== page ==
The researchers at Harvard’s Project Zero developed these 8 Studio Habits of Mind as a result of studying artists and art educators. They found that these habits help artists improve their craft, tackle hard problems, and give teachers concrete language to those internal processes that happen during art making. Those habits include:
- Develop Craft: Use and care for tools and materials as well as the practices of an art form.
- Engage and Persist: Embrace important artistic problems and develop focus within my work.
- Envision: Mentally picture the next possible steps in my work.
- Express: Create works that convey an idea, a feeling, or meaning.
- Observe: Look carefully to see things that might not otherwise be seen.
- Reflect: Talk about and access the process of artmaking for myself and others.
- Stretch and Explore: Reach beyond my abilities and embrace the chance to learn from my mistakes.
- Understand Art World: Learn about art history and ways to interact as an artist with other artists.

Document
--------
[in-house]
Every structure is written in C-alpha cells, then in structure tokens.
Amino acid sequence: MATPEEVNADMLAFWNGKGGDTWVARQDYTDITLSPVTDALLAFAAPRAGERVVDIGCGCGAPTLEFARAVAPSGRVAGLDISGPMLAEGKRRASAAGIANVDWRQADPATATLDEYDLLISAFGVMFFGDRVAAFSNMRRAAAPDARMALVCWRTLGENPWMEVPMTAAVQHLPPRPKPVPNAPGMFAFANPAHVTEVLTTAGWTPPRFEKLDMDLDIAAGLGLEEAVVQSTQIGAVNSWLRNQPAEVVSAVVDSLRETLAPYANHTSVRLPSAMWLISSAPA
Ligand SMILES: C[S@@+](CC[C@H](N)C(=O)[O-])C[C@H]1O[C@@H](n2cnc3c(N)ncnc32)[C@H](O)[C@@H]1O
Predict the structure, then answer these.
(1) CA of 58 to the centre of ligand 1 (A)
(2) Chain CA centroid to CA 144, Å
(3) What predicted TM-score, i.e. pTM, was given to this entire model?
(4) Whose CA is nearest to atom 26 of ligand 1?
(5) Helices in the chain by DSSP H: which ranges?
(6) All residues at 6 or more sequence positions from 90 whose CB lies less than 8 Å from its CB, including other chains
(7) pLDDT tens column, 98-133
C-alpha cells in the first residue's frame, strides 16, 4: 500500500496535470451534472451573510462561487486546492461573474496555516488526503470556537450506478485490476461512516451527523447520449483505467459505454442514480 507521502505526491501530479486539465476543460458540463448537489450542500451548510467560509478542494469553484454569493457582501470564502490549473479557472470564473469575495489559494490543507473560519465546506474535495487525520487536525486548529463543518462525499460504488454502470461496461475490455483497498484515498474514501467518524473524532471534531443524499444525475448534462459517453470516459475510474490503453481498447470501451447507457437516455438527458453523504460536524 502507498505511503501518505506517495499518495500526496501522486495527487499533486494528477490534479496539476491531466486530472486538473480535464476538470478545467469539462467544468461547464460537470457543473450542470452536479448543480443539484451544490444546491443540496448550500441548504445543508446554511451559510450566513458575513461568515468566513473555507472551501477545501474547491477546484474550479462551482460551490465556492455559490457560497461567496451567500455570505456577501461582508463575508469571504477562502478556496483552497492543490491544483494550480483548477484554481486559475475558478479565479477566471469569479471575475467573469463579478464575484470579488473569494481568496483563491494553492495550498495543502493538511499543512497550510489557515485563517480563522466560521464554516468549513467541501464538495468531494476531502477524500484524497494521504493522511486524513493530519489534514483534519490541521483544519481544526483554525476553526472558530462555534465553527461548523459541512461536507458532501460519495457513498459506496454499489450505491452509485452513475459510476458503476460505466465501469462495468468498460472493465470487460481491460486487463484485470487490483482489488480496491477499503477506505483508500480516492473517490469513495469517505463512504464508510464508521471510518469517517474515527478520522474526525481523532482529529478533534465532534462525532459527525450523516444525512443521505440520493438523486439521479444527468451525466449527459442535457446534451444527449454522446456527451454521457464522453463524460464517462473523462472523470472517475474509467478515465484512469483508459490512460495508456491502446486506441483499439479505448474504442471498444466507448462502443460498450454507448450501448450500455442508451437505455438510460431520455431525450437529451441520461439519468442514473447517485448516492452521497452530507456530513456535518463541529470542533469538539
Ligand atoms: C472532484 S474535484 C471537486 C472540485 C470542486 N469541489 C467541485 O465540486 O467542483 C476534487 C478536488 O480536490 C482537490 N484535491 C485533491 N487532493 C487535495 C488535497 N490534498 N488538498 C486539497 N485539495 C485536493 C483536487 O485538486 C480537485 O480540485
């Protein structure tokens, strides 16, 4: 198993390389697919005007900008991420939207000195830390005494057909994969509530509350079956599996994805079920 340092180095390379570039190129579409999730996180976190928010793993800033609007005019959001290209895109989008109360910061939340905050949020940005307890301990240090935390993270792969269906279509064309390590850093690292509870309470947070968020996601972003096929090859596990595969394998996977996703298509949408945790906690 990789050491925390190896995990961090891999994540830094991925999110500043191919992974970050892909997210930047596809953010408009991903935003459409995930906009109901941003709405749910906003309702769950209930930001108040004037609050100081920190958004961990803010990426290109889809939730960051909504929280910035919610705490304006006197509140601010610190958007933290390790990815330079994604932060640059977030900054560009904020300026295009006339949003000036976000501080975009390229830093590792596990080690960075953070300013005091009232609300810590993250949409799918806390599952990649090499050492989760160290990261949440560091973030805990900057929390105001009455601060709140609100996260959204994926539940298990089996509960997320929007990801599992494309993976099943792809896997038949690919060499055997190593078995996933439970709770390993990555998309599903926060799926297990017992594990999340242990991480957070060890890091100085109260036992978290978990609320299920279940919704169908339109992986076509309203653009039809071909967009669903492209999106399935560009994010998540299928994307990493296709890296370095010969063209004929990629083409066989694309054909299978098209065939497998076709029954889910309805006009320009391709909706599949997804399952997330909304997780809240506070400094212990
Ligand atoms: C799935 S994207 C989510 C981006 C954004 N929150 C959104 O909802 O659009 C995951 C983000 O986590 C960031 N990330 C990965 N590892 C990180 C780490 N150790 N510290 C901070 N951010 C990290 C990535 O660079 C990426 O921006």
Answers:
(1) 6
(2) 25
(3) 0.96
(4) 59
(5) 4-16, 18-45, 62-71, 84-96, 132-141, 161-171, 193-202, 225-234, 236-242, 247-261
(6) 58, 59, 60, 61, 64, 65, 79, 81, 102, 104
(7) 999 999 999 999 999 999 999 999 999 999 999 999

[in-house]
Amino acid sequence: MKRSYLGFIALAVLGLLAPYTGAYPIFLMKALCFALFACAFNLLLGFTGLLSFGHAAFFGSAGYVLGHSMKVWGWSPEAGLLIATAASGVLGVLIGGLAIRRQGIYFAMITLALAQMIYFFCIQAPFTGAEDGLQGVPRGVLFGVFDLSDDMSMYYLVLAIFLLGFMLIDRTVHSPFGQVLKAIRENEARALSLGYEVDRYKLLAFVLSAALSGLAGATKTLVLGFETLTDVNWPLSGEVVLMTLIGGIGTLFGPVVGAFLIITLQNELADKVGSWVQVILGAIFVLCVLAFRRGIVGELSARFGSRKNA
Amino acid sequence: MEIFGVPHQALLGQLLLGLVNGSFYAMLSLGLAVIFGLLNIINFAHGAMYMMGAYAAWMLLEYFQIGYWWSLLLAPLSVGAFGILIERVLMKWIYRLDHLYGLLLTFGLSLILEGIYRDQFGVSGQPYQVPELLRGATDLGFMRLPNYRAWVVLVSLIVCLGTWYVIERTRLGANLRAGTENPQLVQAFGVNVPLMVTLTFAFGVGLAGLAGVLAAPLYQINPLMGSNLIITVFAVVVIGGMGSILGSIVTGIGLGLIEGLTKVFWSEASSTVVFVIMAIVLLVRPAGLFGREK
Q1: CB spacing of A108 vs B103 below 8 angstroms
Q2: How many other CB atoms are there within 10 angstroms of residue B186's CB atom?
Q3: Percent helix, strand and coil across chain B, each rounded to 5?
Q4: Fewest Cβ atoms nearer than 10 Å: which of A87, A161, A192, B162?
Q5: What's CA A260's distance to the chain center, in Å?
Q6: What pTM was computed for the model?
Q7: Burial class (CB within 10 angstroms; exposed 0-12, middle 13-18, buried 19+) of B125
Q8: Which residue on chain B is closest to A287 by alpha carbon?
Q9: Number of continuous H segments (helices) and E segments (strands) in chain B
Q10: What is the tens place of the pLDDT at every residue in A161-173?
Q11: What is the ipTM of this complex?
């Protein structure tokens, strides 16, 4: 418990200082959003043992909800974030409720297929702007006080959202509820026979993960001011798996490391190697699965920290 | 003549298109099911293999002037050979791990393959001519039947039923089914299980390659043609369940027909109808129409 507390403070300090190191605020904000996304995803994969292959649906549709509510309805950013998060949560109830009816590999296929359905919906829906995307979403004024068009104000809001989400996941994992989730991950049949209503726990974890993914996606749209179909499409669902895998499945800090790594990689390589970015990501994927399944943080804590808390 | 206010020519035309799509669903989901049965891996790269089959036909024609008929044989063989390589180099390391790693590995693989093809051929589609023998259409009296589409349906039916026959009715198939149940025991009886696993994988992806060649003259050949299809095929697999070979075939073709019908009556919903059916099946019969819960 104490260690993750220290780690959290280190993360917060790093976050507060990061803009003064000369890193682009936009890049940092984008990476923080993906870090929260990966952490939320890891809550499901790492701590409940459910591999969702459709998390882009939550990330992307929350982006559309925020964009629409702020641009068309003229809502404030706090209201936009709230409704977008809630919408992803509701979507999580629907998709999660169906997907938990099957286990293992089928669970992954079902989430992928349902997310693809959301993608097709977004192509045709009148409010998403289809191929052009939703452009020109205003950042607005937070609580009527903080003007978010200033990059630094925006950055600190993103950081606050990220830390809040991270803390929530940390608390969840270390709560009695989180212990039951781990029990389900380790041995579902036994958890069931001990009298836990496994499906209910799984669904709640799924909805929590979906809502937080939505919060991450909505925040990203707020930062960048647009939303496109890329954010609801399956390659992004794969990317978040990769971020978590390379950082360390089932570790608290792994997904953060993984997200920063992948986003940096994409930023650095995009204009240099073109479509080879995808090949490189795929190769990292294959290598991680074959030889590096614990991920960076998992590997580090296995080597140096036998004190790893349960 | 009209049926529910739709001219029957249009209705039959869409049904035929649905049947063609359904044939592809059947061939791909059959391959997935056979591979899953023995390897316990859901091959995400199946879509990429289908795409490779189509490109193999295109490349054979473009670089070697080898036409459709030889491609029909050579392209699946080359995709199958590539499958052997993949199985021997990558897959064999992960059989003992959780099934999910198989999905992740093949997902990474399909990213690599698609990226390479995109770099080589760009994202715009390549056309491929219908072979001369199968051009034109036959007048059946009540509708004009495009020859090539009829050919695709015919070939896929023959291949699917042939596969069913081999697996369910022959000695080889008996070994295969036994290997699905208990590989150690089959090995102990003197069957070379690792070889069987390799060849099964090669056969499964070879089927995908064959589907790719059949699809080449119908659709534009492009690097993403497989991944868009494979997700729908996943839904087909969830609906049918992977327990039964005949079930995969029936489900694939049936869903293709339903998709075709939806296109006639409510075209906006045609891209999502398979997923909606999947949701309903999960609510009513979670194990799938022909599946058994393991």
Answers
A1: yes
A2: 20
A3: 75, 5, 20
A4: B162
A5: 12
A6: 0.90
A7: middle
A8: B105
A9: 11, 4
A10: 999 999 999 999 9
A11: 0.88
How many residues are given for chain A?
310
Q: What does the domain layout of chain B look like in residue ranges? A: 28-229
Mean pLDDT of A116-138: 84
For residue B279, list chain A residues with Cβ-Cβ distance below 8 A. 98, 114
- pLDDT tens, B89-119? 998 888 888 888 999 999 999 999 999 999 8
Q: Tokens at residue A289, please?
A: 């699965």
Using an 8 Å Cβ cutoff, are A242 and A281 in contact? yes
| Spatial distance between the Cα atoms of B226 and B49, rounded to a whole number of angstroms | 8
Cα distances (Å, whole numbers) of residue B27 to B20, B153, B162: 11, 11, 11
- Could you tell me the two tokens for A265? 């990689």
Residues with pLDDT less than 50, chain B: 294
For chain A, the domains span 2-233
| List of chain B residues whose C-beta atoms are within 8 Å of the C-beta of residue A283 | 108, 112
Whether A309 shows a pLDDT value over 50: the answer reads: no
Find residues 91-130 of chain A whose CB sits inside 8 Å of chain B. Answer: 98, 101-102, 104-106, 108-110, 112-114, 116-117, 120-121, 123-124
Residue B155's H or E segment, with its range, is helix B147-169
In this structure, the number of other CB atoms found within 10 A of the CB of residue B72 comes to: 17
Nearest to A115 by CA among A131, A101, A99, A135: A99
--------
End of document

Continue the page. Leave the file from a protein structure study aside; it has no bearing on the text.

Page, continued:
Often times, these habits overlap one another in the tasks that students perform. Therefore, they can be hard to separate out as being wholly in the “engage and persist” column or, say, the “stretch and explore” column.
I can say from experience that my students believe artists just wing it. They’re so hung up on the “product” that’s been created and not the thought process it took to create it.
Those of us who are trained artists and teachers know it’s not possible to always wing it. Yes, some artists are able to do that, just not continually all the time. As a result, it’s our job to bust these negative mindsets. And that involves deconstructing the work and thought process visual artists take to create.